How to Waste (or Not) an MVP

by Jan 10, 2020

Patrick Mahomes photo courtesy of Master Sgt. Michael Crane

I grew up in lovely Independence, Missouri, just off of Interstate 70 approximately six miles east of the Truman Sports Complex. Or, for those who think the main of Kansas City exists in Kansas, the home of stadiums Kauffman (Royals) and Arrowhead (Chiefs). Excepting a brief sojourn as a Steelers fan in third grade (I could not resist Mean Joe Greene’s Coke commercial), I’ve been a Chiefs my entire life. Even during the Bill Kenney years. And Steve DeBerg years. And the “let’s just hire castoff QBs from the 49ers” years (although it was awesome to watch Joe Montana beat the Broncos in October 1994). I’ll refrain from commenting on former Chiefs GM Carl Peterson’s five-year-plan to achieve Super Bowl supremacy that took two decades to produce bupkis.

But let’s live in the now, man. With coach Andy Reid at the helm and the reigning league MVP, Patrick Mahomes, guiding the offense, the Chiefs, who last appeared in and won the Super Bowl fifty years ago, have a legitimate shot at nabbing at least one Lombardi Trophy in the coming years. As of this writing, they’re heading into the divisional round of the playoffs with heads and hopes held high. [Update 1/20/2020 – The Chiefs defeated the Tennessee Titans 35-24 in the AFC Championship game and are heading to the Super Bowl!]

One of the quirks of professional sports is that superstar players often end up in ads for local and regional businesses. I have no idea how such endorsement deals work, as I doubt the bi-state area’s finest muffler repair shop has Adidas-level cash to toss around. Nonetheless, the aforementioned Mr. Mahomes is currently touting at least two regional businesses – Nebraska Furniture Mart and the grocery store chain Hy-Vee. (I say “at least” because I see the ads in my current exile of Omaha; Patrick could be pushing Standard Improvement Company in KC-only spots for all I know.)

Both Nebraska Furniture Mart – or NFM or simply The Mart – and Hy-Vee are decades-old brands with large presences in KC, Iowa, Nebraska and Kansas. (NFM even has a store in The Colony (real name) north of Dallas, but I don’t if they’re running the spots there – although it’s possible considering Mahomes grew up in east Texas and went to Texas Tech.) So, granted the opportunity to, as the wonks say, partner with the region’s new favorite son, one would hope these experienced brands would do their best to not squander the moment.

Well, at least one didn’t.

Both companies have created multiple spots featuring Mahomes, but in the case of Nebraska Furniture Mart’s efforts, if you’ve seen one you’ve seen them all. Which is never a good thing in advertising. The Mart has never been known as a branding powerhouse. The brand itself is quite powerful, given its 83-year history (founded in Omaha in 1937) and massive store footprints. And the stores actually are quite fun to go to if you’re into that sort of thing. Which I am, when it comes to electronics. The selection is massive, the salespeople actually know what they’re talking about, and all the price markers are electronic so they can be changed (twice a day, I believe) according to competitor’s prices – including online retailers. It’s a good experience, as far as physical retail goes.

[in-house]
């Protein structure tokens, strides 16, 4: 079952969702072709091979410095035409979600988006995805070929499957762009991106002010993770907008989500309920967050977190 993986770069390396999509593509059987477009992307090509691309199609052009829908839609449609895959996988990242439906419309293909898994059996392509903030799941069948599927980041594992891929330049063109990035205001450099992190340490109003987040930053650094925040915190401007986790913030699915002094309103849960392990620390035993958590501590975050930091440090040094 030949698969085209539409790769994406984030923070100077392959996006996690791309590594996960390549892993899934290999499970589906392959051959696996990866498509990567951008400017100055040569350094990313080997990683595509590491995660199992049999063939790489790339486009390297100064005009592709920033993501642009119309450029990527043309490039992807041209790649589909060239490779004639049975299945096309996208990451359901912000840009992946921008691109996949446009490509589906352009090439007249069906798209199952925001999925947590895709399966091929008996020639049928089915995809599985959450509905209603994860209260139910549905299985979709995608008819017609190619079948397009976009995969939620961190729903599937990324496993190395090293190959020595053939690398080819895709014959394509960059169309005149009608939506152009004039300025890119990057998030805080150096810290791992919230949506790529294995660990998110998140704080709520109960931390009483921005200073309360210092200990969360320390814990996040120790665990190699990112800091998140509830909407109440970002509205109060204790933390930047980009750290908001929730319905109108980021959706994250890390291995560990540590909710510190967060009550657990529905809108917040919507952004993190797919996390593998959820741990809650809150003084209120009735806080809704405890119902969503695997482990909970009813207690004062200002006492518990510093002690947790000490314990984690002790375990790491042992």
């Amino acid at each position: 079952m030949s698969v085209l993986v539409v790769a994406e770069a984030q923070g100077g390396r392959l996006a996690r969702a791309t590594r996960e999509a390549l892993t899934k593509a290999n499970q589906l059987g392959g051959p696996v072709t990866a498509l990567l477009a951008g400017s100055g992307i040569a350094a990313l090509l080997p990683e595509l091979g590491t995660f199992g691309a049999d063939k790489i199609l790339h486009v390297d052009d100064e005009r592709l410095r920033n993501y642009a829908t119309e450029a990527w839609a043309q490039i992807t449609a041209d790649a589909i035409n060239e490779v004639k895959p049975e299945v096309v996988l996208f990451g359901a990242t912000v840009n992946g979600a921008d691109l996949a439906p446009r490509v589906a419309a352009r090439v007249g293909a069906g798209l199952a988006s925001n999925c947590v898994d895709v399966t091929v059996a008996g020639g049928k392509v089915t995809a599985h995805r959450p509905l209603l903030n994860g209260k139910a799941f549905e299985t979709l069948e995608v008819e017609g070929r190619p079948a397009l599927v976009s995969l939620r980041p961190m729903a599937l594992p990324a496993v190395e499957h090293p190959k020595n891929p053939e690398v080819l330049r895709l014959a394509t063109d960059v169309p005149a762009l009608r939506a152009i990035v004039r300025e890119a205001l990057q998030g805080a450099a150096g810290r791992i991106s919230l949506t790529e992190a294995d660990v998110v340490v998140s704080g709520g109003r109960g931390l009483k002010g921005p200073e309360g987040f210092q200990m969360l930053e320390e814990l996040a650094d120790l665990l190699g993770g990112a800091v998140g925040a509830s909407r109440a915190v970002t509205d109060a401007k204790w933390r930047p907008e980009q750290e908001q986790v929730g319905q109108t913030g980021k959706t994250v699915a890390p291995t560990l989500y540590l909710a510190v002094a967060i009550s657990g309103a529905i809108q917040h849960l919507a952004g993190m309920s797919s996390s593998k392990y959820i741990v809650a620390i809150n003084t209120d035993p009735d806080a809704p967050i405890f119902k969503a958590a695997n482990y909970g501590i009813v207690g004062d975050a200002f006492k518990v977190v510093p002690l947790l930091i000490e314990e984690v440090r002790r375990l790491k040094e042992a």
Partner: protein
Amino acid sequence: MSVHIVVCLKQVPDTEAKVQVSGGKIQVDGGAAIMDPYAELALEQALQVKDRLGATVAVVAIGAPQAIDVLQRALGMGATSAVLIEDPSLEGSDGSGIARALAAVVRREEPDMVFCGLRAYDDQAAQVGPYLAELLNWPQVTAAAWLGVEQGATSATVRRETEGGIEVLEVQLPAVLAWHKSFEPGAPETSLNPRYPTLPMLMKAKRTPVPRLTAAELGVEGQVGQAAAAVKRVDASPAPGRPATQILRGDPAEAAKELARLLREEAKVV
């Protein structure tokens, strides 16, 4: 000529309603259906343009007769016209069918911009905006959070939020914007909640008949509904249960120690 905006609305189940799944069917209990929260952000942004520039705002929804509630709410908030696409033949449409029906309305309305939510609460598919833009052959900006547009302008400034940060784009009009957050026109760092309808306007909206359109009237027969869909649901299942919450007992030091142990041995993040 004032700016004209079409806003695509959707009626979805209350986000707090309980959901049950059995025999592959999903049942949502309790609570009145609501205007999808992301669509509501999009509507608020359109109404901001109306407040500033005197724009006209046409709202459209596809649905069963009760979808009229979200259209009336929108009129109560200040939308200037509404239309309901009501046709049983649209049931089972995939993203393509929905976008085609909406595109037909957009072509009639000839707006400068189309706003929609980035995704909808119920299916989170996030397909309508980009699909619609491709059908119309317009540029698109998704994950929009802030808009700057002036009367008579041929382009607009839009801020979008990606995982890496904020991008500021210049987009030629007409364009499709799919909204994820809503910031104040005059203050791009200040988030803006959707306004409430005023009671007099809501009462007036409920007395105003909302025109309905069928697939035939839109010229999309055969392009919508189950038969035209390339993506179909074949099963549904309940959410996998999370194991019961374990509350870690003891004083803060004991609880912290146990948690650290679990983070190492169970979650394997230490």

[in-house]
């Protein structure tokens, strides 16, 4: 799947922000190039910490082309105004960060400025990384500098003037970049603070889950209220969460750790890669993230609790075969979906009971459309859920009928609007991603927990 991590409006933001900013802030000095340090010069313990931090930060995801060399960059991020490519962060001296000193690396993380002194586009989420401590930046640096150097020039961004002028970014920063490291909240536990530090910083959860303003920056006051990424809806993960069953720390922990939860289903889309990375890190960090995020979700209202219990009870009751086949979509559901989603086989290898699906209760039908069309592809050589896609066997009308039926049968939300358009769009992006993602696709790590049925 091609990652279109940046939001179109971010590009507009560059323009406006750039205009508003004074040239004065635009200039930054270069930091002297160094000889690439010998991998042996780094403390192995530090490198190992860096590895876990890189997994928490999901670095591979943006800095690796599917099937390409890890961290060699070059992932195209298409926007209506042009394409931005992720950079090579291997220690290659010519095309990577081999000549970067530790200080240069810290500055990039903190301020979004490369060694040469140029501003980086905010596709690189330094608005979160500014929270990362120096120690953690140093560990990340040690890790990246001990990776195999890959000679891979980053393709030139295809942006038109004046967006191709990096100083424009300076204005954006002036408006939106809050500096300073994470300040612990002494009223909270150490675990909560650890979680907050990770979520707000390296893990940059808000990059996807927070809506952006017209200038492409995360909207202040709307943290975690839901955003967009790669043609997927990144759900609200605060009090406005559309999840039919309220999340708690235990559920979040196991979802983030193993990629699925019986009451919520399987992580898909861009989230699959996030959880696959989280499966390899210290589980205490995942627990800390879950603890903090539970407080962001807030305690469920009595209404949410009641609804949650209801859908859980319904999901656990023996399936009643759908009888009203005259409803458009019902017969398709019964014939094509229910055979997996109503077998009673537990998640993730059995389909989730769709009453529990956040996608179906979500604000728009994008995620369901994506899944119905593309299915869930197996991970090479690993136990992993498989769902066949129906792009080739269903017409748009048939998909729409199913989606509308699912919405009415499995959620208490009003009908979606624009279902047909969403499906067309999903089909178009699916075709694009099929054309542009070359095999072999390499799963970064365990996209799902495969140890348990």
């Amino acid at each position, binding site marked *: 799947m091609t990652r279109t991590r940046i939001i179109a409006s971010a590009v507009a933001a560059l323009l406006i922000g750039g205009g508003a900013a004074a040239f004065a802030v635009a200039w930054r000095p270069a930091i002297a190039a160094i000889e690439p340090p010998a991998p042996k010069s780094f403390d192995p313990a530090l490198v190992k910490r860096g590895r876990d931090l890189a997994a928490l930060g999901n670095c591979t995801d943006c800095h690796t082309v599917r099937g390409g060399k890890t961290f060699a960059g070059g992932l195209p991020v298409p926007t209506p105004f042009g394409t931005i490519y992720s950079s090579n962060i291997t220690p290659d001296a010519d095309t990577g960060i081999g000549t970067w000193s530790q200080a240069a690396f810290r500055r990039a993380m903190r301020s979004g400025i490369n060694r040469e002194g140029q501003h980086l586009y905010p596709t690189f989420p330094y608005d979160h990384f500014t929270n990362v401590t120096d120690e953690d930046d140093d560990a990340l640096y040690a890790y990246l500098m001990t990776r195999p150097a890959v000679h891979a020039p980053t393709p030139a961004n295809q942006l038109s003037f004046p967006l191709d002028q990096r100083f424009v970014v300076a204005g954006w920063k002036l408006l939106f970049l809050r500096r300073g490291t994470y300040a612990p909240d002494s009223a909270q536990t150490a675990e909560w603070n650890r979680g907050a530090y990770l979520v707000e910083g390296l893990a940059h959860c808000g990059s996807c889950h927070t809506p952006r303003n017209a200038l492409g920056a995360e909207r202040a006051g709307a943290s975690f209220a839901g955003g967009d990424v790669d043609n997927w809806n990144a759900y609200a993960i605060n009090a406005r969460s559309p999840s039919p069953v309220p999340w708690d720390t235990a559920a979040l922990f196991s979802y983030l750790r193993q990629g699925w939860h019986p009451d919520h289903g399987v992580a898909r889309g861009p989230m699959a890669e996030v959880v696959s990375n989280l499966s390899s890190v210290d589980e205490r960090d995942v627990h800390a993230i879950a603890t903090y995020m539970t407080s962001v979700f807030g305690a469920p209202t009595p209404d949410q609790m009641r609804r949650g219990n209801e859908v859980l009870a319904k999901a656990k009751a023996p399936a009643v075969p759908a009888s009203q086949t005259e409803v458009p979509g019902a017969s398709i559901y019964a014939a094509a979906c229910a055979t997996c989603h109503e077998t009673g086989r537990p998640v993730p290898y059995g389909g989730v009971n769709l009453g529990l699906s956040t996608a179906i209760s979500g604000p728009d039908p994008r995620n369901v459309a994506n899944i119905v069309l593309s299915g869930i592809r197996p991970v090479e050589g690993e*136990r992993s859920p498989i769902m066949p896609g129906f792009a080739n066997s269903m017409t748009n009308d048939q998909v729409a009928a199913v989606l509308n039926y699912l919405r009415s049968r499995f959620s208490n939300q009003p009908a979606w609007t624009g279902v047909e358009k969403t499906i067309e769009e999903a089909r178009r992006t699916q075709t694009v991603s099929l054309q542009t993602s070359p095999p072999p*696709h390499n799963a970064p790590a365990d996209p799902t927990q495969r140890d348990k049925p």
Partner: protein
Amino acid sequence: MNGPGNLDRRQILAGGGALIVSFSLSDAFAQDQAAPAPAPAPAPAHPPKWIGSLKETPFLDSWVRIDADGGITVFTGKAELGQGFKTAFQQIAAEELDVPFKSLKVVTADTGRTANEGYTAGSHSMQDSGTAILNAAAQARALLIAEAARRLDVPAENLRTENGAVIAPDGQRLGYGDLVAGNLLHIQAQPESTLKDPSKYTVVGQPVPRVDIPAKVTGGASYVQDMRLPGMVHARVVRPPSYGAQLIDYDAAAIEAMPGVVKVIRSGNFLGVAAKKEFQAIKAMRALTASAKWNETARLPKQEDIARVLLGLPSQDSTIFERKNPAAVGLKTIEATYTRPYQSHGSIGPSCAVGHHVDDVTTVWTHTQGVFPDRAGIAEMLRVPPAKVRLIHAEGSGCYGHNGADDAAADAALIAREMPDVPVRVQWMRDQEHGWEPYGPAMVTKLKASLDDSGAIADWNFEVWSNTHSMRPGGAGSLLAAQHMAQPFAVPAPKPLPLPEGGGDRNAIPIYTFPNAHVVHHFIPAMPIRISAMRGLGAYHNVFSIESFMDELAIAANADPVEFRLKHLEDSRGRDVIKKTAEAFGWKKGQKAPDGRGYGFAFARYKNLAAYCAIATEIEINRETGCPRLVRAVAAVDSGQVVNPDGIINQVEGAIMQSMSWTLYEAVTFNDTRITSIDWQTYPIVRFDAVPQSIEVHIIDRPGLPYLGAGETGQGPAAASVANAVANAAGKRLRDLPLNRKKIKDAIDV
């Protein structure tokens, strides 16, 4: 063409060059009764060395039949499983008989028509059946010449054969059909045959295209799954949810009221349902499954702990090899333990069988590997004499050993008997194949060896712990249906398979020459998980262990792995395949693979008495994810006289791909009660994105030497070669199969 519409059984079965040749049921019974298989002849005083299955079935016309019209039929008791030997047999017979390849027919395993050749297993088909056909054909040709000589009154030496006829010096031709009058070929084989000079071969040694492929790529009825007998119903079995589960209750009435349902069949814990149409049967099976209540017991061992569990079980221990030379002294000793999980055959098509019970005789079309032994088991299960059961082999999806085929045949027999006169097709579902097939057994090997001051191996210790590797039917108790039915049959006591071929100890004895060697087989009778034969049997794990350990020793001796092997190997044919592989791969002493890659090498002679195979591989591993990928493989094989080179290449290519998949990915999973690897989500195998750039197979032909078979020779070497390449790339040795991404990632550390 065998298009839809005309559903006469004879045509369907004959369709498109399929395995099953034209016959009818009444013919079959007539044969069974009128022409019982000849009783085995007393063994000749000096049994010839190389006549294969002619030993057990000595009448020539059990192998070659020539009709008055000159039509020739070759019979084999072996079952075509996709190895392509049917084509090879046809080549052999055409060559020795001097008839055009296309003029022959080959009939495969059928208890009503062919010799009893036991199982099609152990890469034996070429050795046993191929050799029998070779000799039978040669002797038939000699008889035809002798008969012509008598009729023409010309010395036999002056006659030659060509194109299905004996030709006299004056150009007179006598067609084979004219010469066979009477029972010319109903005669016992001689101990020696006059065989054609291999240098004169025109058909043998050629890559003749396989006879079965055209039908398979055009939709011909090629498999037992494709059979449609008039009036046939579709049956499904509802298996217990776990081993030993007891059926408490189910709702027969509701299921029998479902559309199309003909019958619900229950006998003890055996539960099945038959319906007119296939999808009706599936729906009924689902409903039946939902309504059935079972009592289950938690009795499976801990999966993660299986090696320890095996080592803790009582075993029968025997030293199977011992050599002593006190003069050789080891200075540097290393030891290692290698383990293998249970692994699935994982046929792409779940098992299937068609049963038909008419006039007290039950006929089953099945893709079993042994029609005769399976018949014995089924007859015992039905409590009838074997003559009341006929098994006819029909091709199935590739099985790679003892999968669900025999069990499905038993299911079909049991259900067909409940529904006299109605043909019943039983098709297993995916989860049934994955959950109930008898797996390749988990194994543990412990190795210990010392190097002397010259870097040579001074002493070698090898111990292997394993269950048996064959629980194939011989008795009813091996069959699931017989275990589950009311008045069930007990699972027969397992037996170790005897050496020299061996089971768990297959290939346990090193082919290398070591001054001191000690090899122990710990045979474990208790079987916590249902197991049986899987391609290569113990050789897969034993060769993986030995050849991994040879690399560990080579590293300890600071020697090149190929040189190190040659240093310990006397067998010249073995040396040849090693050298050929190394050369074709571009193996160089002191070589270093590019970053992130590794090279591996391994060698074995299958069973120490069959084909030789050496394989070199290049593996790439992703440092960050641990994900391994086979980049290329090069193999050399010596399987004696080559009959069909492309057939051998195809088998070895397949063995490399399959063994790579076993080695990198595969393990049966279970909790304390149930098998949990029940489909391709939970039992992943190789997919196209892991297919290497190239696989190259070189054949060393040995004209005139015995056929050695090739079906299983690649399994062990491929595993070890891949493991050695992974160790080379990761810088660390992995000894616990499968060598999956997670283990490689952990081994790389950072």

But NFM has never, as far as I can tell, been into burnishing its brand through advertising. In the seven years we’ve lived in Omaha, I have been subjected to hundreds of NFM commercials during the morning news, which I watch while attempting to max out my reps and bulk up to average. Every single one is promotional. Every. Single. One.

Which explains why they obviously had no real idea what to do with Mahomes from a conceptual standpoint and defaulted to a series of testimonial spots like this one:

Do I need to comment further? Because I will. It’s obvious that Mahomes was asked very general questions, and probably only given one take. Back in the day, I worked on the Walmart account during the waning years of their “real people” campaign. As the writer, it fell to me to interview our featured folks and attempt to draw out usable statements. This often entailed asking the same question multiple times in varying ways – and not always in succession – until we got a clip or three we knew we could use. After all, real people don’t speak in sound bites, and that’s what we needed. By his looks, poor Patrick is either highly unenthused or too focused on providing a succinct answer (additional spots featuring his girlfriend fare no better). The B-roll shots inside the store are unimaginative, mainly involving fake conversations with salespeople and a lot of pointing. One of the most animated, athletic players in the game is reduced to smiling at big screen TVs. 

Hy-Vee, on the other hand, has produced several spots with, wait for it, actual concepts underpinning them. Are they the best commercials ever? Well, no. But they are fun, and they do reveal that Mahomes may evolve to become the next Peyton Manning of athletes vis-à-vis commercial work.

It’s amazing what refusing to go the talking-head route can do.

Feel free to give me a ring, NFM. Waste not, want not. And I accept giant OLED TVs as partial payment.

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